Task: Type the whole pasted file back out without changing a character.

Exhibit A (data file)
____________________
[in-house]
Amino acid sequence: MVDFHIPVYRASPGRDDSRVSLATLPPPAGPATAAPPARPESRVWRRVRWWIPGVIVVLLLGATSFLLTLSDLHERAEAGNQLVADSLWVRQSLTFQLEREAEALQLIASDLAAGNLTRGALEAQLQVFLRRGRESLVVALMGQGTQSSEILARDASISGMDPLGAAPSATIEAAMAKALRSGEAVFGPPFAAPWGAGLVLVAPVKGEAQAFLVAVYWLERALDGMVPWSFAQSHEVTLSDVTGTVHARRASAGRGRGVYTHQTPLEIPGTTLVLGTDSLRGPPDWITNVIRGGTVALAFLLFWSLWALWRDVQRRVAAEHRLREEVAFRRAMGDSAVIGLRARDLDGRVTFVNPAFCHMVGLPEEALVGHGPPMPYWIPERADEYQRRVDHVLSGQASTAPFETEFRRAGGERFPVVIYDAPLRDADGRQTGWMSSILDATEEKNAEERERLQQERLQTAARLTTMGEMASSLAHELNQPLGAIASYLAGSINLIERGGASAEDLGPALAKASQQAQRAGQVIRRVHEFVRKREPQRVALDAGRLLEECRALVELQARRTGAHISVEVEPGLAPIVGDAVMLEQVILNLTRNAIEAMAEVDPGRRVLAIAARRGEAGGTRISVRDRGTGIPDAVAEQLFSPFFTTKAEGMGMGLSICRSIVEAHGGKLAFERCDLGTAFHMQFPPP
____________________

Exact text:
[in-house]
Amino acid sequence: MVDFHIPVYRASPGRDDSRVSLATLPPPAGPATAAPPARPESRVWRRVRWWIPGVIVVLLLGATSFLLTLSDLHERAEAGNQLVADSLWVRQSLTFQLEREAEALQLIASDLAAGNLTRGALEAQLQVFLRRGRESLVVALMGQGTQSSEILARDASISGMDPLGAAPSATIEAAMAKALRSGEAVFGPPFAAPWGAGLVLVAPVKGEAQAFLVAVYWLERALDGMVPWSFAQSHEVTLSDVTGTVHARRASAGRGRGVYTHQTPLEIPGTTLVLGTDSLRGPPDWITNVIRGGTVALAFLLFWSLWALWRDVQRRVAAEHRLREEVAFRRAMGDSAVIGLRARDLDGRVTFVNPAFCHMVGLPEEALVGHGPPMPYWIPERADEYQRRVDHVLSGQASTAPFETEFRRAGGERFPVVIYDAPLRDADGRQTGWMSSILDATEEKNAEERERLQQERLQTAARLTTMGEMASSLAHELNQPLGAIASYLAGSINLIERGGASAEDLGPALAKASQQAQRAGQVIRRVHEFVRKREPQRVALDAGRLLEECRALVELQARRTGAHISVEVEPGLAPIVGDAVMLEQVILNLTRNAIEAMAEVDPGRRVLAIAARRGEAGGTRISVRDRGTGIPDAVAEQLFSPFFTTKAEGMGMGLSICRSIVEAHGGKLAFERCDLGTAFHMQFPPP